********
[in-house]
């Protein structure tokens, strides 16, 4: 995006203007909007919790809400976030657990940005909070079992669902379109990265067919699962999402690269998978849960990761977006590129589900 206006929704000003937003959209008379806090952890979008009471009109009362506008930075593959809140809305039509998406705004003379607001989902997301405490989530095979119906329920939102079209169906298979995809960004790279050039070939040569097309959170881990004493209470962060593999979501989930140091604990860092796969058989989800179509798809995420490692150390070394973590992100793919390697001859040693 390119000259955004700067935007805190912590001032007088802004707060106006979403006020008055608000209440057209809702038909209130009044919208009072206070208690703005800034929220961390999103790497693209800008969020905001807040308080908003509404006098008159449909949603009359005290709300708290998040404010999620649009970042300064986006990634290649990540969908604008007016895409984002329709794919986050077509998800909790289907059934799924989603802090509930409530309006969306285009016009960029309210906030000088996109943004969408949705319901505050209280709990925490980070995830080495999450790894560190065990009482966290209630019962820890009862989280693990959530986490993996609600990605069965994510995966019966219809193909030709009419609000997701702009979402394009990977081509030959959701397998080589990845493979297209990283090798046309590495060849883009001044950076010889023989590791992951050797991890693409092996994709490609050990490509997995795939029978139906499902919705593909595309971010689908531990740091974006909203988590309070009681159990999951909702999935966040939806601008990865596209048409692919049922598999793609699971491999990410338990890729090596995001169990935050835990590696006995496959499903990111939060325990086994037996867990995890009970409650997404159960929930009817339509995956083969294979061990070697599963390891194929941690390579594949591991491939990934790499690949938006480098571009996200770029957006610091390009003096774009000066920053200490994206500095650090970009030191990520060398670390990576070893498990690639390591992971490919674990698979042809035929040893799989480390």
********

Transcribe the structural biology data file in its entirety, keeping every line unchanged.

[in-house]
């Protein structure tokens, strides 16, 4: 995006203007909007919790809400976030657990940005909070079992669902379109990265067919699962999402690269998978849960990761977006590129589900 206006929704000003937003959209008379806090952890979008009471009109009362506008930075593959809140809305039509998406705004003379607001989902997301405490989530095979119906329920939102079209169906298979995809960004790279050039070939040569097309959170881990004493209470962060593999979501989930140091604990860092796969058989989800179509798809995420490692150390070394973590992100793919390697001859040693 390119000259955004700067935007805190912590001032007088802004707060106006979403006020008055608000209440057209809702038909209130009044919208009072206070208690703005800034929220961390999103790497693209800008969020905001807040308080908003509404006098008159449909949603009359005290709300708290998040404010999620649009970042300064986006990634290649990540969908604008007016895409984002329709794919986050077509998800909790289907059934799924989603802090509930409530309006969306285009016009960029309210906030000088996109943004969408949705319901505050209280709990925490980070995830080495999450790894560190065990009482966290209630019962820890009862989280693990959530986490993996609600990605069965994510995966019966219809193909030709009419609000997701702009979402394009990977081509030959959701397998080589990845493979297209990283090798046309590495060849883009001044950076010889023989590791992951050797991890693409092996994709490609050990490509997995795939029978139906499902919705593909595309971010689908531990740091974006909203988590309070009681159990999951909702999935966040939806601008990865596209048409692919049922598999793609699971491999990410338990890729090596995001169990935050835990590696006995496959499903990111939060325990086994037996867990995890009970409650997404159960929930009817339509995956083969294979061990070697599963390891194929941690390579594949591991491939990934790499690949938006480098571009996200770029957006610091390009003096774009000066920053200490994206500095650090970009030191990520060398670390990576070893498990690639390591992971490919674990698979042809035929040893799989480390």